Month: August 2018

Designed for Flight

I’m in Corvallis for the day with an hour and a half of free time before meeting friends at the coffee shop so I drive to Bald Hill and start up the trail along Oak Creek toward Fitton Green. I love the dry grass meadows of summer and the barn swallows perched on the fence in their deep blue wings and forked tails. It’s been so hot it has been hard to enjoy the usual adventures of summer but today is a little cool, clouds above even.

I enter the woods and the drama of oaks cloaked in moss baring their long twisted history of always vying for light. A deep brown moth flies out of the brush pirouettes above my head and lands in the leaves along the bank on the side of the trail.

Moths have my heart. Drawn blindly to destructive sources of light I feel we are kindred spirits.

 

Once I was pulling English ivy off the shed at my brother’s. The ivy held a lot of dead leaves and sometimes one would flutter upward past my face as I yanked the vines loose. It was eerie; these fluttering things were them same ocher and shape as dead leaves yet they seemed alive, soft, defiant of gravity.

I slowed down and paid more attention thinking maybe a sly bird had been living in the ivy but what I discovered were moths. What a magical thing to be so ethereal as to be almost imperceptible. And what a magical thing to be in the midst of them as they are loosed from the side of an old shed.

Then there was the evening a moth dropped out of nowhere and landed on my coffee cup as I tended to a broken heart. The fluttery thing in me that looked at his web-site portrait from a list of recommendations and said, I’m going here, despite my intellect protesting that one should not seek counseling from a man one is attracted to before even arriving.

 

I likened it to a moth, that draw, and marveled at its intensity for seeking loopholes, for ignoring the one-sided nature of our conversations, for believing with such convenience that he was a lonely insightful writer with few possessions who played upright bass, loved nature, wore fedoras and would be a very sensitive and affectionate partner despite being a hermit.

My intellect considered this might not be accurate. He might not own a single fedora. He might be partnered. He might have the sort of integrity that would not allow him to pursue a client. My intellect considered that if he didn’t have this integrity my fantasy actualized would be a thing going very wrong in my life. The moth, however, had it’s own mysterious agenda that did not involve such practicalities and my intellect became a tiny afterthought barely tethering me to reality.

Eventually he mentioned a wife. I kept my cool— intellect had prepared me for this. I went to the coffee shop later to mourn the necessity of reality when an actual moth appeared and perched on my cup, white, furry, seemingly unaware of my presence. How could I not read something poignant into this?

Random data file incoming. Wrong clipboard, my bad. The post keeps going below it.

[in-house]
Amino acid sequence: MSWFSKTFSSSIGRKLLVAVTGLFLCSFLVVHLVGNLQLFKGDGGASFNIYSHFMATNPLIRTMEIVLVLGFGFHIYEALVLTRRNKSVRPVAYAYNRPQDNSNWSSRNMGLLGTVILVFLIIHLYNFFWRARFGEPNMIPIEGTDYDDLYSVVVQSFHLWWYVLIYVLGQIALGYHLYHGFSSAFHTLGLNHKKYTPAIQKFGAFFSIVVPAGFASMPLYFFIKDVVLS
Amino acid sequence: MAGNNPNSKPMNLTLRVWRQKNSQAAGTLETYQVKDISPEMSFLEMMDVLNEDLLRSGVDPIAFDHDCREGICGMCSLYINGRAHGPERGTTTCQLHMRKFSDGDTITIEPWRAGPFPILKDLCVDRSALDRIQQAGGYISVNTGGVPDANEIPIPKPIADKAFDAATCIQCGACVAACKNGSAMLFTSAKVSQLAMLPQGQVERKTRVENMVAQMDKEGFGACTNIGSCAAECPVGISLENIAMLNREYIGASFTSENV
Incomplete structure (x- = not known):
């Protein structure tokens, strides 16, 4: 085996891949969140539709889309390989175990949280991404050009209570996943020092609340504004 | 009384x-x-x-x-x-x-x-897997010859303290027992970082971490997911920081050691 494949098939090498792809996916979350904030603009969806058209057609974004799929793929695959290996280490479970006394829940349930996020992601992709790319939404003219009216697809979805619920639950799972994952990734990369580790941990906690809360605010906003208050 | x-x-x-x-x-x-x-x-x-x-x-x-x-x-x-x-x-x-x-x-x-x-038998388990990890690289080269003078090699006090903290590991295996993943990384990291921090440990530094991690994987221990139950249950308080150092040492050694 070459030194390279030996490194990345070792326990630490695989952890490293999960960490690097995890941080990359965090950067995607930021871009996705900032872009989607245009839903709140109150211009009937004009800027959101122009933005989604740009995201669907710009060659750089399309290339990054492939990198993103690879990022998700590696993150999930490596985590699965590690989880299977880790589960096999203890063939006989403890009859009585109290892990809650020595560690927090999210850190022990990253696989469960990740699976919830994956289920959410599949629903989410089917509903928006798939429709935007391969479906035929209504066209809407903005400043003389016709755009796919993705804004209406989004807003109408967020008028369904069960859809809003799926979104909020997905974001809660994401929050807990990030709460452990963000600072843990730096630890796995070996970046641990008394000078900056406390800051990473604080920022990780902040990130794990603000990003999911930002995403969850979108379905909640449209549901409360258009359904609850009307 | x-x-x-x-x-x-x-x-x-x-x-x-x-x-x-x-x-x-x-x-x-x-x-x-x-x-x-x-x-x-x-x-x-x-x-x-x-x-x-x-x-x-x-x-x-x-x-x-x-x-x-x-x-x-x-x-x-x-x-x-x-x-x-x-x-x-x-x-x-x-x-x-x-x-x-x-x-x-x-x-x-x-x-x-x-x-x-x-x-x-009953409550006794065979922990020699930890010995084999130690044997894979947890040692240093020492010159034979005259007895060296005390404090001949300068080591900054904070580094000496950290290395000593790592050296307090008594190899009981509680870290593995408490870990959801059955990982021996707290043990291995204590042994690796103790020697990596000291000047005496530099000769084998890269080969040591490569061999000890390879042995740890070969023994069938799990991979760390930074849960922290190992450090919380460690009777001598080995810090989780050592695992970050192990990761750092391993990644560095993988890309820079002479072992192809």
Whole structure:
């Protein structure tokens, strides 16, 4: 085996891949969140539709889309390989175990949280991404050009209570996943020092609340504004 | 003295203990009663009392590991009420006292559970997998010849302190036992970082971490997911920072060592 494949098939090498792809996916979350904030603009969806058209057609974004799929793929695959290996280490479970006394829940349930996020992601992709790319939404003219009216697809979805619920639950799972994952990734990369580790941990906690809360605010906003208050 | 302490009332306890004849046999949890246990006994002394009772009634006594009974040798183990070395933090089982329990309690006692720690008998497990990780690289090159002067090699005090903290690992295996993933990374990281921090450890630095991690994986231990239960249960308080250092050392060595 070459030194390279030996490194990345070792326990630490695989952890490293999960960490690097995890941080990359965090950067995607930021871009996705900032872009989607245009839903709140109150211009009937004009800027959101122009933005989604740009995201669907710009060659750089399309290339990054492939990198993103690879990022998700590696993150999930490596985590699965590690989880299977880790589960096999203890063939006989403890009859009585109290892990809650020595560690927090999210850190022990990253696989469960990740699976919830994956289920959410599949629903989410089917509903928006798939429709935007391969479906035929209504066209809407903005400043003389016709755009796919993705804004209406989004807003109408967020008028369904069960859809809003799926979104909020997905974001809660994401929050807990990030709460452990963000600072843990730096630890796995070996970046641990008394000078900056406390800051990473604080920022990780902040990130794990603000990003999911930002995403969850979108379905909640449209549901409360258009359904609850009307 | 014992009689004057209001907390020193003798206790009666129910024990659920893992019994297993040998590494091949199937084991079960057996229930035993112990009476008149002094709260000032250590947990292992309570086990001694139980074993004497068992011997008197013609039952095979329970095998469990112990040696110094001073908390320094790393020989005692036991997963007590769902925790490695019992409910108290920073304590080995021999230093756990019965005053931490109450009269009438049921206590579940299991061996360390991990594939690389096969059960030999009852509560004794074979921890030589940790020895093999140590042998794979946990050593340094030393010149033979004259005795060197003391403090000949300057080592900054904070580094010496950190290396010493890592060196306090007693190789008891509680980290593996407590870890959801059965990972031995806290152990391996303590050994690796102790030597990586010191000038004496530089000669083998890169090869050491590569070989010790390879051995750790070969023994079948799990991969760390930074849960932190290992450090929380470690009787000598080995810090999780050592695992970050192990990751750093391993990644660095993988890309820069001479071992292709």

How about: beings who willfully scorch themselves on artificial lights are soft and designed for flight.

Even at the time I knew what transference was, that it was normal, that it would be safe to talk about the attraction in a session if I wanted to, that I could choose another counselor. But that was scary and the moth was compelling. The draw motivated me to work and his affirmative statements cashed out in my soul at a value of 1000 times than had they been issued by an unattractive colleague. Also it kept me from getting back together with my ex-boyfriend.

It must be an intense sensation for the caterpillar to liquefy itself in order to acquire wings. So my normally rational, self-contained personality sat over coffee that evening with a moth trying to embrace this departure from sense and maturity.

Today I climb through the oaks to the top of the ridge and lay on a split log bench in the sun. The cool air and dry leaves along the trail remind me of Autumn and evoke the feeling of eternity infused into each moment and molecule. It is a beauty almost imperceptible and defiant of life’s gravity. It is a beauty that makes me feel rich and loved despite all my troubles with these ordinary parts of life. I hold this ethereal wealth all the way back to the trail-head becoming part of the meadow’s population alongside the swallows and bugs, no longer a detached observer.

Some people believe that our quirks, our troubling oddities contain the most precious parts of ourselves, things so delicate we hide them in tight cocoons to make sure no one will ever have the chance to despise them. This moth-self in all it’s intensity to dream up a perfect and epic love has something important lurking with her in the dead leaves of the ivy. What can I do besides slow down and pay attention while I pull down each idea that ever made me ashamed for holding my own epic source of light.

 

A Strange Amount of Courage

Cascade Head South Trail is a fairy tale staircase of exposed roots climbing though a cavern of giant spruce trees and berry thickets into the meadows that overlook the ocean and a dense lumpy cloud cover. I got a late start on this hike and figured I could walk in for 30 minutes before I needed to turn around and drive back to Portland. 60 minutes out I’m looking at the top of Cascade Head from below wondering, is that a 5 minute walk? A ten minute walk? It’s 8 pm and I decide to be reasonable, stop taking pictures of the cloud bank, and head back.